In my later teen years, I tore up both my knees from riding bulls and saddle broncs for several years. I’ve had partial tears of the anterior cruciate ligament and medial cruciate ligament in both knees and was told I needed surgery to repair them, but have never had the surgery.
When I enlisted in the US Air Force in 1975, both of my knees swelled to the size of large grapefruit during basic training. I was sent to the base hospital where I spent a week being examined and treated by several different doctors. Finally, a doctor who happened to be a full colonel, examined my knees and I’ll never forget hearing him tell me in his thick and slow southern drawl:
“Son, the cartilage in your knees looks like grape-fruit p – u – l – p.”
So ended my six-year enlistment in the Air Force. A year later, a top orthopedic surgeon in our area, who also worked on the local university athletes, told me my knees were so bad that I needed both knee joints replaced. He also told me that there was no way I could possibly stay on my feet and work eight hours a day because of my knees. At the time, I was working 8-14 shifts as a retail manager and I was on my feet most of the that time, and I never have my knee joints replaced.
Over the years, I’ve had knee trouble and have had to learn how to walk and move so that my knees don’t go out-of-joint. For eleven years after I worked retail, I read electric meters for a utility. On that job, I walked an average of 12-15 miles a day, with one particular route that clocked in around 21 miles, and yes, my knees hurt, but I managed. In fact, due to having a genetic immunity to most pain killers (not a fun trait to have), my knees have hurt 24/7 since I was 17-years-old. I’m now 65.
My weight has gone up and down over the years and I found that the heavier I was, the more my knees hurt when I walked. That’s why a particular medical article caught my attention. The article is titled: Can Dropping Some Weight Save Your Knees?
The article stated that over 50% of the people that are 75-years-old or older have osteoarthritis. They defined it as: ‘the wear-and-tear form of the joint disease in which cartilage thins and wears away’. According to the Arthritis Foundation:
“Sometimes called degenerative joint disease or degenerative arthritis, osteoarthritis (OA) is the most common chronic condition of the joints, affecting approximately 27 million Americans. OA can affect any joint, but it occurs most often in knees, hips, lower back and neck, small joints of the fingers and the bases of the thumb and big toe.”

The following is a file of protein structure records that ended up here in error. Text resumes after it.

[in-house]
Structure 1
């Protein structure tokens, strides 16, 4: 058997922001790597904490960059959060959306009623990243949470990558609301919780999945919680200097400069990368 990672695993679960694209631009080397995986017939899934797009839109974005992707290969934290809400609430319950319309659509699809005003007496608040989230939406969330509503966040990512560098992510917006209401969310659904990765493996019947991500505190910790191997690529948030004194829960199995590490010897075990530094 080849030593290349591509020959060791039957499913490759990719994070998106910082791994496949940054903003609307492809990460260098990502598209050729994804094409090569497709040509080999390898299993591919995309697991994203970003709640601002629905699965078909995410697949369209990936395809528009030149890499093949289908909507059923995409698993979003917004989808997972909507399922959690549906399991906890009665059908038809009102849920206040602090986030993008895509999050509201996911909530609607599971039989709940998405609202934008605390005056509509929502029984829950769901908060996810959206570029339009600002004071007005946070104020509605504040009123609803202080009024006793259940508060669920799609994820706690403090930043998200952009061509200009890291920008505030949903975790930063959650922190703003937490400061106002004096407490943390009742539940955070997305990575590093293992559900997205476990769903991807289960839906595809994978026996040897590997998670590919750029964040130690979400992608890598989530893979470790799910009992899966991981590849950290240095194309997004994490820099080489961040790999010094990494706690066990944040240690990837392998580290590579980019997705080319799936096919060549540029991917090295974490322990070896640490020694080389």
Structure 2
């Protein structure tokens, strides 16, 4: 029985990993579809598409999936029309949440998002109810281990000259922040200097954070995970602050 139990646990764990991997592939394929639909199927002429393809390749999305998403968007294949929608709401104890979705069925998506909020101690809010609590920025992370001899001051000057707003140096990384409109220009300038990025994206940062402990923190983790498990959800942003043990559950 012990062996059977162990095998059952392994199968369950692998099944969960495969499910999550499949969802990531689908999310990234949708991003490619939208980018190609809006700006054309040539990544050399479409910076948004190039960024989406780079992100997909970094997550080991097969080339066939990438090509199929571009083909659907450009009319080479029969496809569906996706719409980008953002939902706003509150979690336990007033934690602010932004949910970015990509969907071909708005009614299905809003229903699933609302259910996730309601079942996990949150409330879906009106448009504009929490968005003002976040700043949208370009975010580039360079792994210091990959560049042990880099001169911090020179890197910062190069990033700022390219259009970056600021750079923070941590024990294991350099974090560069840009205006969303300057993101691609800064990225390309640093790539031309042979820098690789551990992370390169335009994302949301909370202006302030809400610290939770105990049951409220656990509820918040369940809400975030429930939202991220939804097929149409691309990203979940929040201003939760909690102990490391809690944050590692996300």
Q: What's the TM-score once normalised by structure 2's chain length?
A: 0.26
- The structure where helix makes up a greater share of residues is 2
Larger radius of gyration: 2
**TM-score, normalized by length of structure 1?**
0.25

“In normal joints, a firm, rubbery material called cartilage covers the end of each bone. Cartilage provides a smooth, gliding surface for joint motion and acts as a cushion between the bones. In OA, the cartilage breaks down, causing pain, swelling and problems moving the joint.”
Researcher Dr. Alexandra Gersing, who works in the Department of Radiology and Biomedical Imaging at the University of California, San Francisco, conducted a study on knee problems and weight. Her study found that when overweight and obese people lost 5% or more of their body weight over four years, they experienced less degeneration of the knee cartilage compared to those who did not lose weight.
She commented on the study, saying:
“Our study shows that a lifestyle intervention such as weight loss can slow the process of knee joint degeneration in patients at risk for and with osteoarthritis.”
“Therefore, it may slow the worsening of symptoms, such as pain and disability.”
Dr. Gering added:
“Osteoarthritis is one of the major causes of disability worldwide.”
If you are having knee pain and problems and are overweight or obese, try dieting and exercise to lose at least 5% of your body or more. The more weight you lose, the slower the cartilage in your knees will deteriorate and improve your chances to avoid having knee replacements. Trust me. I’ve been there and can tell you first hand that the more weight I’ve lost in the past couple of years, the better my knees felt and when I put the weight back on, the worse they felt.